The manner in which Sh72 million was stolen outside an ATM in Nairobi West on Thursday has once again demonstrated how bank robbers are upping their game to beat the increasing sophistication of security systems.
With CCTVs all over the country and armed policemen stationed round the clock in banking halls, criminals are increasingly finding it difficult to just walk into a bank and order everyone to lie down like it was being done the old way.
As a result, the use of crude force has been relegated to the back alleys where criminals are likely to get away with a couple of thousands of shillings and a mobile phone if they are lucky.
Instead, criminals are turning to well-calculated robberies where no shots are fired but tens of millions of shillings are stolen.
One emerging trend is the stealing of money that is in transit.
In June, police and the staff of a security company were placed under investigation after Sh2 million that they were escorting from the Aga Khan Hospital went missing. According to the police, the team only delivered Sh5.6 million out of Sh7.6 million that they had collected from the hospital for delivery to a strong room in the Industrial Area.
During the same month, a policeman and a private security guard were arrested following the disappearance of Sh4 million in transit. The money was the day’s collection from a supermarket’s Mountain Mall branch on Thika Road. The security company officers claimed that gunmen grabbed the money just as they were leaving the supermarket.
During the Easter weekend, a string of robberies left Barclays Bank short of at least Sh14 million after four automated teller machines were broken into.
Police reports showed that the theft may have been planned as the machines were either unmanned, tampered with or the CCTV obstructed.
Director of Criminal Investigations George Kinoti termed it an inside job. Four people were charged with the robbery.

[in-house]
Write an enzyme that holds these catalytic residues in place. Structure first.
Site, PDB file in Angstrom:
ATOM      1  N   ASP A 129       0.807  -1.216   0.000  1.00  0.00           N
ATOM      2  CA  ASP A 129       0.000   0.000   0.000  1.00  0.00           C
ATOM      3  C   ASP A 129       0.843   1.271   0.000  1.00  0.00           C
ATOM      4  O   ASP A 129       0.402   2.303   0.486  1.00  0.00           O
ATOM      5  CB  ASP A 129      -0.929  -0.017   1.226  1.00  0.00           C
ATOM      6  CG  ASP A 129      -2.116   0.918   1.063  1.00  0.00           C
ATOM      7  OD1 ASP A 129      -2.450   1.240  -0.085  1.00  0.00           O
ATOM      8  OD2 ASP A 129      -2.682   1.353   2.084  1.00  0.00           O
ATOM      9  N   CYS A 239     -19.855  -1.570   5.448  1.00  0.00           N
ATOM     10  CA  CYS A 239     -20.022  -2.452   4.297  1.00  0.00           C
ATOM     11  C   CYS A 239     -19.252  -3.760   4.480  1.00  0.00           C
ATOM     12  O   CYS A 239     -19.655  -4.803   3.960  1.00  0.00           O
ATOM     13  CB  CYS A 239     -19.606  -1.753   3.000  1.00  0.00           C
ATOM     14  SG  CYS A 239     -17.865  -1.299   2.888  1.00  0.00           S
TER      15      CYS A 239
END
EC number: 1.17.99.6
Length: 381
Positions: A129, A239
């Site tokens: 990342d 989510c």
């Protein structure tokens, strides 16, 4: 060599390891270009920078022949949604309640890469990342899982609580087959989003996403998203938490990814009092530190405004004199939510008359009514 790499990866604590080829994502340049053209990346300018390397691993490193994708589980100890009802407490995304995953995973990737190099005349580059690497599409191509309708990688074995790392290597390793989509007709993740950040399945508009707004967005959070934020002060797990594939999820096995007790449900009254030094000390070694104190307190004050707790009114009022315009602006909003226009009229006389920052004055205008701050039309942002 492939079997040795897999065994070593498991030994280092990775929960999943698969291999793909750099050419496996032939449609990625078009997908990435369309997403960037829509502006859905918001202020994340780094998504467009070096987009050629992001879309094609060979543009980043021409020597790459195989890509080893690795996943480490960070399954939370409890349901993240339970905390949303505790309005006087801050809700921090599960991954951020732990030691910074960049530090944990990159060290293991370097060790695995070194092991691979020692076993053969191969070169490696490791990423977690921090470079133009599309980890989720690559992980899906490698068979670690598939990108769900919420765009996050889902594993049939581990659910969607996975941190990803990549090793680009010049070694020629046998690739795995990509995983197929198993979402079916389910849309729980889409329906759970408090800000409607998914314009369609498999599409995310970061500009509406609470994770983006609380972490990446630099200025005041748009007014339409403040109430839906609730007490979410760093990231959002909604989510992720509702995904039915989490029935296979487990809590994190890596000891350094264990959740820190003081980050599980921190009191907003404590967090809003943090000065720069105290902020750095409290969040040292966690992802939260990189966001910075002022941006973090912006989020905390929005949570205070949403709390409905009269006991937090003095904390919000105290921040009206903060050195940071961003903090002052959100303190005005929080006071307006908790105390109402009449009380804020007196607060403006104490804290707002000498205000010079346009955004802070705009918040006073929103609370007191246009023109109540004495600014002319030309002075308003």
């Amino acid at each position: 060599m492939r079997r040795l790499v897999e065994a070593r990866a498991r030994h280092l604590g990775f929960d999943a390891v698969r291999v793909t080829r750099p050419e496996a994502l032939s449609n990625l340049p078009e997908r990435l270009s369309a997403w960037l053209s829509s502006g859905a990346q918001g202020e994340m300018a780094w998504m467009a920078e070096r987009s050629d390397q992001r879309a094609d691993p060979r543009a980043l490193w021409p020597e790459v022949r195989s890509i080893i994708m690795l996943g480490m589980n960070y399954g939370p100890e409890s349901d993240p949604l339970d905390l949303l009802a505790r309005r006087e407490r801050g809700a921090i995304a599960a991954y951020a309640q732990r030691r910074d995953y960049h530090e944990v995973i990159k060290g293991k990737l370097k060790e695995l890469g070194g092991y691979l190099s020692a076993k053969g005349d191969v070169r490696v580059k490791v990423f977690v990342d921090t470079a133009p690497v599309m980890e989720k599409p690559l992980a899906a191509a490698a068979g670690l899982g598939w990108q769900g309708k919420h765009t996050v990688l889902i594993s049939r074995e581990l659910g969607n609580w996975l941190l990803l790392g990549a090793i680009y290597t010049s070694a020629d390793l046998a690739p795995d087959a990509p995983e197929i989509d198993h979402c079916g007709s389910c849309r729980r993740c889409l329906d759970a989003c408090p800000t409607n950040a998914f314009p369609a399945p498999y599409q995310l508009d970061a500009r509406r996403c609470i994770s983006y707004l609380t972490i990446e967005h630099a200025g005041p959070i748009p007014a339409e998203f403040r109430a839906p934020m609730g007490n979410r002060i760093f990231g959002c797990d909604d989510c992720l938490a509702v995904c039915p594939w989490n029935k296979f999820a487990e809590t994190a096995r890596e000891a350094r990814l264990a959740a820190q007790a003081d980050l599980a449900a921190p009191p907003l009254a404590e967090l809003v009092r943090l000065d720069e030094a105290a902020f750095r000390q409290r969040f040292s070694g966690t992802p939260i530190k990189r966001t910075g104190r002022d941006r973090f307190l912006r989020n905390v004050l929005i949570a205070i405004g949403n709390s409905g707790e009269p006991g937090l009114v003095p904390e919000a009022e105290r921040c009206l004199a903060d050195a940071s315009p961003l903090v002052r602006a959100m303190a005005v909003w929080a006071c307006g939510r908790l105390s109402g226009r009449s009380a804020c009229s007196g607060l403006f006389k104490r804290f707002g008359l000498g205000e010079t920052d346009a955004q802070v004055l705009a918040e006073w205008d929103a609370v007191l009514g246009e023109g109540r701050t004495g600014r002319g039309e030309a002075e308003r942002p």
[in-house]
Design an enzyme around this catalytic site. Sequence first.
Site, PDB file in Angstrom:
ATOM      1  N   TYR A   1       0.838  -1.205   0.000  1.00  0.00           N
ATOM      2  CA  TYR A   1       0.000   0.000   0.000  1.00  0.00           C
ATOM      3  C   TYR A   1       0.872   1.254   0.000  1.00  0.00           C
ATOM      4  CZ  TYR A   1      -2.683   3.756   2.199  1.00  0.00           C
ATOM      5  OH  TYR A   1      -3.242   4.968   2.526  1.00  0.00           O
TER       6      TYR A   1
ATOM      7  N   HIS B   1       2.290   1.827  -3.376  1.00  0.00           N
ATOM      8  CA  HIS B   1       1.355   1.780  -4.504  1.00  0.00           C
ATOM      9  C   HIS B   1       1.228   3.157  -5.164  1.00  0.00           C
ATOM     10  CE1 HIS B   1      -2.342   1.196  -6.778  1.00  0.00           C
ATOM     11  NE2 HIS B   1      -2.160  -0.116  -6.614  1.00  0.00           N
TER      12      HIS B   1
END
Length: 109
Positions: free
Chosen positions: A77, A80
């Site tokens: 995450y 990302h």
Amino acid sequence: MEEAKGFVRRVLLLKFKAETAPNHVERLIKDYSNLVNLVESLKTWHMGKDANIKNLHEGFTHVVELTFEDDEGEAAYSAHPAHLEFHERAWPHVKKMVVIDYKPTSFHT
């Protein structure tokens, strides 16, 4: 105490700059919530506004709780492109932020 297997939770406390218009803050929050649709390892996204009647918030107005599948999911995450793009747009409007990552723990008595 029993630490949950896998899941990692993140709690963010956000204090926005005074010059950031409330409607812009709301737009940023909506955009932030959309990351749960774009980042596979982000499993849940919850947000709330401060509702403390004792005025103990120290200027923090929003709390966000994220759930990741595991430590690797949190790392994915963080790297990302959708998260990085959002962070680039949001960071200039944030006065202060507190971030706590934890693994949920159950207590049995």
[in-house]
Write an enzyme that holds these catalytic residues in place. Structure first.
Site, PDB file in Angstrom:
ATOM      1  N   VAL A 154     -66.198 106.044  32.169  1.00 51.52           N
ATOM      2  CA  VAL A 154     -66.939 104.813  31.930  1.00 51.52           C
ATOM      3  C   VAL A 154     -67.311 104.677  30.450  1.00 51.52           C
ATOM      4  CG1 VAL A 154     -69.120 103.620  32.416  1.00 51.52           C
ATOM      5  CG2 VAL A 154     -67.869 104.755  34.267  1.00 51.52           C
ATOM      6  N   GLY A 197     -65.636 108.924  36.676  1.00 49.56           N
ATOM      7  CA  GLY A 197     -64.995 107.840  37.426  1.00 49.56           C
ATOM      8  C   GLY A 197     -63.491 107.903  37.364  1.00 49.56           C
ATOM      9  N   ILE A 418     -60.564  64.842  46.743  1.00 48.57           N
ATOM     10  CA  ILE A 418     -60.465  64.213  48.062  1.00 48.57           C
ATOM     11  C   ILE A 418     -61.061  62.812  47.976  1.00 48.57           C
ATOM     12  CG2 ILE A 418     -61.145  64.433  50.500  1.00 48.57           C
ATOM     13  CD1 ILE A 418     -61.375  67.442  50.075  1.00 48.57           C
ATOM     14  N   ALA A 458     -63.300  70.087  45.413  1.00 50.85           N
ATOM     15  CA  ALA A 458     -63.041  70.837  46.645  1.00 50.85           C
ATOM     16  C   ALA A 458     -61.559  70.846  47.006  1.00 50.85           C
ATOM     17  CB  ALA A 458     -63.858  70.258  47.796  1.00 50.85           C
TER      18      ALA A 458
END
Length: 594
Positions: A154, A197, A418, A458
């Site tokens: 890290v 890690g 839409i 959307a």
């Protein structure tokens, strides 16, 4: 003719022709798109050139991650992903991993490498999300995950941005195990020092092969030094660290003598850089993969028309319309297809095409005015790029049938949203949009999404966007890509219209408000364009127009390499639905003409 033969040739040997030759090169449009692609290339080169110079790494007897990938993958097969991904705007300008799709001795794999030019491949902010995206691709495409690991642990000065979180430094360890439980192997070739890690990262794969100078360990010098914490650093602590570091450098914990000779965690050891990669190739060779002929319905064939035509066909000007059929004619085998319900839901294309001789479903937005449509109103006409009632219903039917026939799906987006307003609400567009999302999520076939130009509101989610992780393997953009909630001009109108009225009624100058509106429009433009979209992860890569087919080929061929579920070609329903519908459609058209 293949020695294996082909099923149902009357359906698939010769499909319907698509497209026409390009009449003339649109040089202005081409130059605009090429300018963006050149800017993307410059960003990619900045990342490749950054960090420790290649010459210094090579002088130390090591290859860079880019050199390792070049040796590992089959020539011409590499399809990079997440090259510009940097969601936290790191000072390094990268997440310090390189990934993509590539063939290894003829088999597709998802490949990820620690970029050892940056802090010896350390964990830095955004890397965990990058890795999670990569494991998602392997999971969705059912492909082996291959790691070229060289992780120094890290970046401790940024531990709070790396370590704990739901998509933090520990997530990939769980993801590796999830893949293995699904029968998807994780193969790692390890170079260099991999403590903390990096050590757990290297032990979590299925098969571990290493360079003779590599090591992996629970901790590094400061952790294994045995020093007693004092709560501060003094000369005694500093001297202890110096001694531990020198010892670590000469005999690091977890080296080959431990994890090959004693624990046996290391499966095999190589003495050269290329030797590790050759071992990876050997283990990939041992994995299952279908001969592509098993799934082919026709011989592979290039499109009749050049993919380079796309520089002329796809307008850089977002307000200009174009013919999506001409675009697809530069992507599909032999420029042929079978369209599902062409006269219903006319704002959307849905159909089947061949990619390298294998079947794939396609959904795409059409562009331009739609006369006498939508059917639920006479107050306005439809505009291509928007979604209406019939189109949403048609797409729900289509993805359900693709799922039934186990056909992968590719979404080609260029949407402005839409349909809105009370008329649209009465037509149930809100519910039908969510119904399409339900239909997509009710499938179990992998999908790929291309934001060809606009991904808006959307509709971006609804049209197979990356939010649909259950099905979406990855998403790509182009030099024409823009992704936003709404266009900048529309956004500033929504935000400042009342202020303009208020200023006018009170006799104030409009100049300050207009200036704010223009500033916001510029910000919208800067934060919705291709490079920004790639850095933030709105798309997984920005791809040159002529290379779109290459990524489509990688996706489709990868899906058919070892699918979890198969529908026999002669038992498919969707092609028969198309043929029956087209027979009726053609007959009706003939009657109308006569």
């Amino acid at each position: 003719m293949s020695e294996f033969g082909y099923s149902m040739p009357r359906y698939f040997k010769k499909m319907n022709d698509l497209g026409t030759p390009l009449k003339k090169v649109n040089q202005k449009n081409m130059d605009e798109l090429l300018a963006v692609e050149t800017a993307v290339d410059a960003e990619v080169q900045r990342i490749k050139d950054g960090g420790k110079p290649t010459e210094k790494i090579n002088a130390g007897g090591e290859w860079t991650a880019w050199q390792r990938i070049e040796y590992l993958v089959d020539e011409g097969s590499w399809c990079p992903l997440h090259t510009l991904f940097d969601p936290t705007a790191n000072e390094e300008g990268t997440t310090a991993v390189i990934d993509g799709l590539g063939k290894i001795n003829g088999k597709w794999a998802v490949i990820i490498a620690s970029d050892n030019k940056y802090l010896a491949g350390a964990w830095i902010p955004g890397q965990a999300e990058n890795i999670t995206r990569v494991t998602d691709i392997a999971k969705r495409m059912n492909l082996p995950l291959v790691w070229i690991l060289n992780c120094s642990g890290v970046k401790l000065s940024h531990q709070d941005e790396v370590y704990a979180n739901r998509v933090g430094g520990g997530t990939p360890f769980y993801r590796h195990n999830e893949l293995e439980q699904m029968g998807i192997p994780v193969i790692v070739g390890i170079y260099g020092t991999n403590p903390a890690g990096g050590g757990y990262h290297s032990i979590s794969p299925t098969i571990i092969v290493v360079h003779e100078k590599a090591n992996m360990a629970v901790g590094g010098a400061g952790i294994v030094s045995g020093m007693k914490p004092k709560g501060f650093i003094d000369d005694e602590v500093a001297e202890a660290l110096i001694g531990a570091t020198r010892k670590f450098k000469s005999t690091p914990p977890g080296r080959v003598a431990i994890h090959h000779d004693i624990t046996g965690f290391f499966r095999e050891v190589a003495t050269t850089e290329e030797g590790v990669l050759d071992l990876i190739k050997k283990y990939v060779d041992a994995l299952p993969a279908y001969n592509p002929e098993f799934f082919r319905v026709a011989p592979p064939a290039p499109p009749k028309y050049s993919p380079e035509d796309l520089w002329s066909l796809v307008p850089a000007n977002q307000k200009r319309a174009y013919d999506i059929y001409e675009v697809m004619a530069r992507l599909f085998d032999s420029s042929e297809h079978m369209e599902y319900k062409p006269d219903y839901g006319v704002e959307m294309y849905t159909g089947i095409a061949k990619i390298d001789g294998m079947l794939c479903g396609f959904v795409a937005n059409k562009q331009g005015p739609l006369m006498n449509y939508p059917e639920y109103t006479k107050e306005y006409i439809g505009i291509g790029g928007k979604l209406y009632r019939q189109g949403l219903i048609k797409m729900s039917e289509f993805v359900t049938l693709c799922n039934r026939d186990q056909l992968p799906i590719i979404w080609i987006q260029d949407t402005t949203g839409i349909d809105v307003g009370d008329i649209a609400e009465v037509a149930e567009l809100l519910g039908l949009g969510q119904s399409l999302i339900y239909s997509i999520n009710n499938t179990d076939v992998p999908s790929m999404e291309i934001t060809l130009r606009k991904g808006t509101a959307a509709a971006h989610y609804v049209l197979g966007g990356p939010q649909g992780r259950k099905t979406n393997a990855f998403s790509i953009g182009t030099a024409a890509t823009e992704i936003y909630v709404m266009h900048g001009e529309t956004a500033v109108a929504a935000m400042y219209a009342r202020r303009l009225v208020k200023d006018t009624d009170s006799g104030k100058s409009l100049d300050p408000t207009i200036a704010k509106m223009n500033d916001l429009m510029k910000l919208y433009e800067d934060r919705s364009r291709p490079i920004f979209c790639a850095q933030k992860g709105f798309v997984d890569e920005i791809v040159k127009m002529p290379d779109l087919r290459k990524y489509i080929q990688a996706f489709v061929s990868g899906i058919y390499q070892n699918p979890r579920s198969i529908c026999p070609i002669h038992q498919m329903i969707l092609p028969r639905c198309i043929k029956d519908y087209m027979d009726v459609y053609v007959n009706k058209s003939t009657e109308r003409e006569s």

“They know exactly what happened. The outsiders were just there to facilitate the operation, after which they go and share the money, but this time we will reveal to the public what happened,” said the DCI.
In 2016, an employee of a security company allegedly disappeared with Sh25 million at Jomo Kenyatta International Airport. The KCB Thika branch heist that happened in November 2019 is another thriller of the tens of daring acts of bank robberies perfected in the recent past.
It baffled many how, just 150 metres away from a police station, three people – two brothers and a friend – dug a 30-metre-long tunnel into a bank’s strong room in Thika town and stole Sh52 million.
Halford Munene,32, his brother Charles Mwangi, 30, and their friend Julius Ndungu, 32 demonstrated how gangs can plan successful heists without the use of any weapons or violence of any kind – only brains.
In November 2016, a “boring guy” who kept to himself for the two and a half months he lived next to Equity Bank Kayole’s branch is believed to have executed the theft of Sh27 million in collusion with bank officers. No money was ever recovered.
Only a year earlier, robbers posing as auditors from the head office made away with Sh30 million in the bank’s Othaya branch in Nyeri County. In 2010, Sh80 million was stolen from the Cooperative Bank headquarters on Haile Selassie Avenue, Nairobi, in a meticulously planned heist involving several employees, a gang and an Administration Police officer.
Retracing the gang’s steps, detectives learnt that they had posed as G4S Cash-In-Transit (CIT) team and even had a van branded in the company colours in hand to cart away the loot.
Sh11.75 million was later recovered and 11 people arrested and charged in a Kibera court.
On July 1, 1999, gunmen stormed the banking hall of Mashreq Bank at the ICEA Building on Kenyatta Avenue and took off with Sh500,000. Witnesses recounted how one of the robbers who was guarding the hostages started belting out the hymn “Abide with Me” as his accomplices emptied the tills and frisked bank customers who walked in unaware of the robbery.
Barely a month later, on August 17, 1999, some six gunmen raided the same bank, which is 500 metres the Central Police Station, while singing the same tune, and took off with Sh9 million. Bank staff raised the alarm more than an hour later.
In yet another heist, committed with apparent ease on January 5, 1999, Charles Omondi, a clearing agent, walked into the Embakasi strong room of Kenya Airfreight Handling Limited and took Sh54 million contained in a parcel.
The money had been brought to the country by Swiss Air from New York and was to be delivered to the ofﬁces of Citibank’s Kenyan subsidiary at Fedha Towers in Nairobi’s CBD. It was said to be salary arrears for United Nations staff.
Police gunned down three gangsters in a botched raid at Nakuru East branch of Barclays Bank in October 2012.